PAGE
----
A U.S. defense analyst on Tuesday dismissed North Korea's possible pursuit of a nuclear retaliatory strike capability using a submarine-launched ballistic missile (SLBM) as unviable for now, noting vulnerabilities of its easily traceable underwater platform.
Bruce Bennett, a senior defense analyst at RAND Corp., made the case amid concerns that Pyongyang's recent test of a new SLBM could mark a fresh threat to Seoul and Washington, as its submarine could be capable of launching unpredictable, retaliatory strikes.
"The North Korean submarine, which was apparently developed from a Romeo-class submarine, remodeled and refit, is not extremely quiet. So, if they put nuclear weapons on that kind of submarine, it is going to be tracked from the time it leaves port," he said during a lecture on nuclear forces hosted by a local think tank, the Asan Institute for Policy Studies.
"If conflict develops, it is going to be sitting at the bottom of the ocean and just destroyed. So, that is not a viable strategy to get to a second-strike capability," he added.
Pyongyang is known to have an assortment of submarines such as 130-ton Yeoneo-class submarines, 300-ton Sangeo-class submarines and 1,800-ton Romeo-class submarines, most of which are seen as outmoded. It has also been seen trying to build larger submarines capable of SLBM operations.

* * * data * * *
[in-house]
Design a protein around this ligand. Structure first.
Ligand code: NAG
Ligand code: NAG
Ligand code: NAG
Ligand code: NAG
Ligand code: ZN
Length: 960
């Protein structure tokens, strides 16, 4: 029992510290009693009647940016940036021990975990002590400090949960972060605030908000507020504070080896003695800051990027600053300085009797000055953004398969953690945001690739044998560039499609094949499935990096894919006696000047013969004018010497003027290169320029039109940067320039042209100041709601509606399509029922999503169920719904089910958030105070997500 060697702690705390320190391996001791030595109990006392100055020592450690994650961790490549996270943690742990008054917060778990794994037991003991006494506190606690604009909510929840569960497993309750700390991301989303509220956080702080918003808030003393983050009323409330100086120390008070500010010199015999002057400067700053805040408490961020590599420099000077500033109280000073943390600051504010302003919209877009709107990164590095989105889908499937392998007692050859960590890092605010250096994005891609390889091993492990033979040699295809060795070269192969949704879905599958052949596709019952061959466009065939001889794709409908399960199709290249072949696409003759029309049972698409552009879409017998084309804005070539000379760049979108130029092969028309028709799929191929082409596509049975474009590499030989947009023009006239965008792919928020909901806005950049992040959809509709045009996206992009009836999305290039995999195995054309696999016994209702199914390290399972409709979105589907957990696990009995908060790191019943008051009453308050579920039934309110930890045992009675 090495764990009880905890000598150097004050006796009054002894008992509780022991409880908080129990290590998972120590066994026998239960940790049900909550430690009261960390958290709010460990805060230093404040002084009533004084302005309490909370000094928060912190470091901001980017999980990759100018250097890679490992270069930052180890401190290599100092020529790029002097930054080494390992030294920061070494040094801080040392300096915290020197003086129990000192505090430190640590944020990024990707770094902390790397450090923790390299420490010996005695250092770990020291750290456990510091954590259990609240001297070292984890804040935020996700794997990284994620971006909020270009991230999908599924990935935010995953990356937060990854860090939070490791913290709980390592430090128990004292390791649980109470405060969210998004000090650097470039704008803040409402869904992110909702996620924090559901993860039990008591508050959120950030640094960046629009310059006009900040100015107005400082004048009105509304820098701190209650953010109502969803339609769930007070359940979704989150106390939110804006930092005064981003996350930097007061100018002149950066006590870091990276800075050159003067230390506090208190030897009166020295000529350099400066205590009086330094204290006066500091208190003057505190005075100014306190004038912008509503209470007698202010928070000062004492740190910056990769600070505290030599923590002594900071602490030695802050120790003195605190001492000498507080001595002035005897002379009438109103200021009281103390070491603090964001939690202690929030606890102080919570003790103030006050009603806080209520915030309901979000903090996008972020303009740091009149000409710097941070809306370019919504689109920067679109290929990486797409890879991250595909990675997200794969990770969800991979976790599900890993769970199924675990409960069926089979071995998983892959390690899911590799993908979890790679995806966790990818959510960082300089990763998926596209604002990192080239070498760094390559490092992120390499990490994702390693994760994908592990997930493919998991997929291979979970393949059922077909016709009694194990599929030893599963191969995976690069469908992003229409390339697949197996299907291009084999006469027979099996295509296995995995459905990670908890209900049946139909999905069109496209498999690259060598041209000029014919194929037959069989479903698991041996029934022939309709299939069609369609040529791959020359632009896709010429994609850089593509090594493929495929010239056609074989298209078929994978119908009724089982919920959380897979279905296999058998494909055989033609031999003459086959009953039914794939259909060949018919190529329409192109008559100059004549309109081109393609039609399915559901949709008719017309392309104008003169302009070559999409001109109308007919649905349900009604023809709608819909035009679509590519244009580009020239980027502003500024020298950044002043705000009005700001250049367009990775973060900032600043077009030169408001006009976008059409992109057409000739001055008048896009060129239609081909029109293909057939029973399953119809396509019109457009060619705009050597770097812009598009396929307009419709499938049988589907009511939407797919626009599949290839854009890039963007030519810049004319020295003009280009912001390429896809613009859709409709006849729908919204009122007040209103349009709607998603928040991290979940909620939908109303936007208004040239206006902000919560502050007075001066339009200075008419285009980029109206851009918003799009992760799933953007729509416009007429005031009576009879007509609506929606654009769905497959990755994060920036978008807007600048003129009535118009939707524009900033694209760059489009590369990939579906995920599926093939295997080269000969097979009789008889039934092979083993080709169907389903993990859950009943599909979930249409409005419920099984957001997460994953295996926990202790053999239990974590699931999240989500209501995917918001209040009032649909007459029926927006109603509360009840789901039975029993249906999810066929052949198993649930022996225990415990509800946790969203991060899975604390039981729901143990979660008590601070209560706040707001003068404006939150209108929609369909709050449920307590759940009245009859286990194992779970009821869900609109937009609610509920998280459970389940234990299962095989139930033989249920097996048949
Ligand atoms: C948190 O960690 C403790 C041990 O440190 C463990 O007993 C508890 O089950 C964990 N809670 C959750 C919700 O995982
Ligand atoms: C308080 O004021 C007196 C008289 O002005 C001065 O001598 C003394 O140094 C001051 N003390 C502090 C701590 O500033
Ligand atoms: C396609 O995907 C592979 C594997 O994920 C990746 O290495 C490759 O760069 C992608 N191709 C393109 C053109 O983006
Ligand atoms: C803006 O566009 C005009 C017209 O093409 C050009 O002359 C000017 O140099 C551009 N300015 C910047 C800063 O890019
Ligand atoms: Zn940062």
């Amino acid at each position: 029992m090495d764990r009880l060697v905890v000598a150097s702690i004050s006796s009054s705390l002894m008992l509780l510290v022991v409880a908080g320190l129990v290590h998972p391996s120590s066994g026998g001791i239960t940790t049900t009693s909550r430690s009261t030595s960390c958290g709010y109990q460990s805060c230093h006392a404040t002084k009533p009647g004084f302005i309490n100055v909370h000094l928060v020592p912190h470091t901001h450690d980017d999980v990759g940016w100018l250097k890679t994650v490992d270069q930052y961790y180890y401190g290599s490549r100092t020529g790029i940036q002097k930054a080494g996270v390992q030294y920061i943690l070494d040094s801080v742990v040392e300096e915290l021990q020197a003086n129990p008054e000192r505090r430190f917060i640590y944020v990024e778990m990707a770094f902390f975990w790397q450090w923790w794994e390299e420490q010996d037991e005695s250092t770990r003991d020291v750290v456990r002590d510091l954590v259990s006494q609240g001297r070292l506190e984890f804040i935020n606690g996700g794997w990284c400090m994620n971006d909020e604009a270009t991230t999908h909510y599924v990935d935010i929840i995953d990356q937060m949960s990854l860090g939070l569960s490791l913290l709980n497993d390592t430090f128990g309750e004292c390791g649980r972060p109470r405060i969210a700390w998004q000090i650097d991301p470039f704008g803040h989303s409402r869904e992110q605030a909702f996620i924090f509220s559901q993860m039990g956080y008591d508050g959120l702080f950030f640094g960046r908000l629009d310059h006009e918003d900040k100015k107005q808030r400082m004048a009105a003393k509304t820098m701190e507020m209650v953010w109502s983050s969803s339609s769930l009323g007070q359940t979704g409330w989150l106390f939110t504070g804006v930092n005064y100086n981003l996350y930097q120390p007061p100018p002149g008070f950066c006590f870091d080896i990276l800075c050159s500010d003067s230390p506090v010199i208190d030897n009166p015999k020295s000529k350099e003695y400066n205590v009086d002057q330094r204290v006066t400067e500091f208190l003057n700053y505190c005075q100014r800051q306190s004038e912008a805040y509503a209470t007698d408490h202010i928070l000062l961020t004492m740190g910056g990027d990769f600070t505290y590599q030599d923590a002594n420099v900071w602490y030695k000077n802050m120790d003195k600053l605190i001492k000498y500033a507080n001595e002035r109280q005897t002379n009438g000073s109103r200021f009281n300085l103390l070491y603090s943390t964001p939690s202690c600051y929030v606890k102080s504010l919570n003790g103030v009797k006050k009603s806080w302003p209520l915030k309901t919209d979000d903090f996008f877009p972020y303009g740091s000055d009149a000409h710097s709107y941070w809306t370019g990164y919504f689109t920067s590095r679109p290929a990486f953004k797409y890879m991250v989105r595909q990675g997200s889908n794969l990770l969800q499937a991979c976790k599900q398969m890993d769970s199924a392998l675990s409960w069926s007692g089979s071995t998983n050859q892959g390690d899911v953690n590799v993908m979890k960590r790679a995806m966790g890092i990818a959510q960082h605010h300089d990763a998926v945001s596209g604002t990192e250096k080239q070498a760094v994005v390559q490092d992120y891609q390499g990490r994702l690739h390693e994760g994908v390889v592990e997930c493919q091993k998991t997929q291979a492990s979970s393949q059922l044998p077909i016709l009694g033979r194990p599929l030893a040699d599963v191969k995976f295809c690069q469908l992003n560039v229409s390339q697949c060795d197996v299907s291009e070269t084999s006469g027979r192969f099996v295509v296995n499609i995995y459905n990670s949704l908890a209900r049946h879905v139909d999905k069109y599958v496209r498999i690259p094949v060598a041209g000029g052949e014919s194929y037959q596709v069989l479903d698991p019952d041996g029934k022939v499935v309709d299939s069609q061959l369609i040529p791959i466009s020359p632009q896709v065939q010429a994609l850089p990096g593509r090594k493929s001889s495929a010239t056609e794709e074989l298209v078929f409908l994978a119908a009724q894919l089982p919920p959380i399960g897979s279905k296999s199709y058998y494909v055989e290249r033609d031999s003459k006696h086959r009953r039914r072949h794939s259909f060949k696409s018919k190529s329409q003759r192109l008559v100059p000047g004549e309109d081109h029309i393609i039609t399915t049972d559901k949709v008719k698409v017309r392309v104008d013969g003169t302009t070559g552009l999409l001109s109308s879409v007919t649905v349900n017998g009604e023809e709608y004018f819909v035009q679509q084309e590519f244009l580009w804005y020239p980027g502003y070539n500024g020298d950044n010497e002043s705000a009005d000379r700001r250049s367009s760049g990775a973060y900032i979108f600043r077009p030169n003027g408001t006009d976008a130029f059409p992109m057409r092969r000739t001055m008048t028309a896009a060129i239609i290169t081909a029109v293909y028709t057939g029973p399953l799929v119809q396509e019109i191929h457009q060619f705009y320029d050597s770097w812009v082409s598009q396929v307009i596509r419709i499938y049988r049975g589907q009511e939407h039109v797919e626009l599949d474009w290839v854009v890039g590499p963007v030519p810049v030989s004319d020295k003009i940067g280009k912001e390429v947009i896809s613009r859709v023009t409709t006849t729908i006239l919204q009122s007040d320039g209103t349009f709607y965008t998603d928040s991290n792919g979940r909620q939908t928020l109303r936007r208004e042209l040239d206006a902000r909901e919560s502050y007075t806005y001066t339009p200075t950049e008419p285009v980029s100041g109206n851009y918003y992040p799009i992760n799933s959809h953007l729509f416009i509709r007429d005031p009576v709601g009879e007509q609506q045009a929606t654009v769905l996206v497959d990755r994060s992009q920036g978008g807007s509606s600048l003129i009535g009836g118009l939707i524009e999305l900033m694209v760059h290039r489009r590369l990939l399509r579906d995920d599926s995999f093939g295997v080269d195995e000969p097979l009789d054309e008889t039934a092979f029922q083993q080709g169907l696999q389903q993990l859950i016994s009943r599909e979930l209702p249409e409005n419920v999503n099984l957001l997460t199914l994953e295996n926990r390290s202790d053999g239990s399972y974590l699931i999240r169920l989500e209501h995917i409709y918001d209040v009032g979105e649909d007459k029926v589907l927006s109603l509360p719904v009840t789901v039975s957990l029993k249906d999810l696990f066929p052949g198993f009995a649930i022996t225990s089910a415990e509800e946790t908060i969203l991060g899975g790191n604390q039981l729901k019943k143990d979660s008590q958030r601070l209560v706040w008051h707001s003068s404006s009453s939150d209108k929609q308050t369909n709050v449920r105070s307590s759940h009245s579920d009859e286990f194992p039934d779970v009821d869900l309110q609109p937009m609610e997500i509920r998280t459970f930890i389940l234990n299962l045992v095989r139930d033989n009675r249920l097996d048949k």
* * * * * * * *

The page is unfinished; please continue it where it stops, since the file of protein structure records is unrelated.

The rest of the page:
Experts have pointed to the North's push to develop SLBMs as an indication that it is seeking to secure a "second-strike capability" that would enable it to launch a nuclear retaliatory attack after sustaining a "first strike" from an enemy.
But Bennett said it is not viable unless the North ensures the survivability of its launch platform.
"It is not viable not because they can't launch it from an appropriate place," he said. "The problem is getting the submarine to survive."
The scholar accused North Korean leader Kim Jong-un of failing to carry out any denuclearization steps since the Hanoi summit with U.S. President Donald Trump. He claimed that Kim has instead increased the North's nuclear destructive potential by expanding its nuclear production facilities and weapons inventory.
"It is nice he blew up his nuclear weapons test facility. But that is not denuclearization. That is a confidence-building measure," he said. "Denuclearization is reducing the number of nuclear weapons, or you reduce the ability to produce more nuclear weapons." (Yonhap)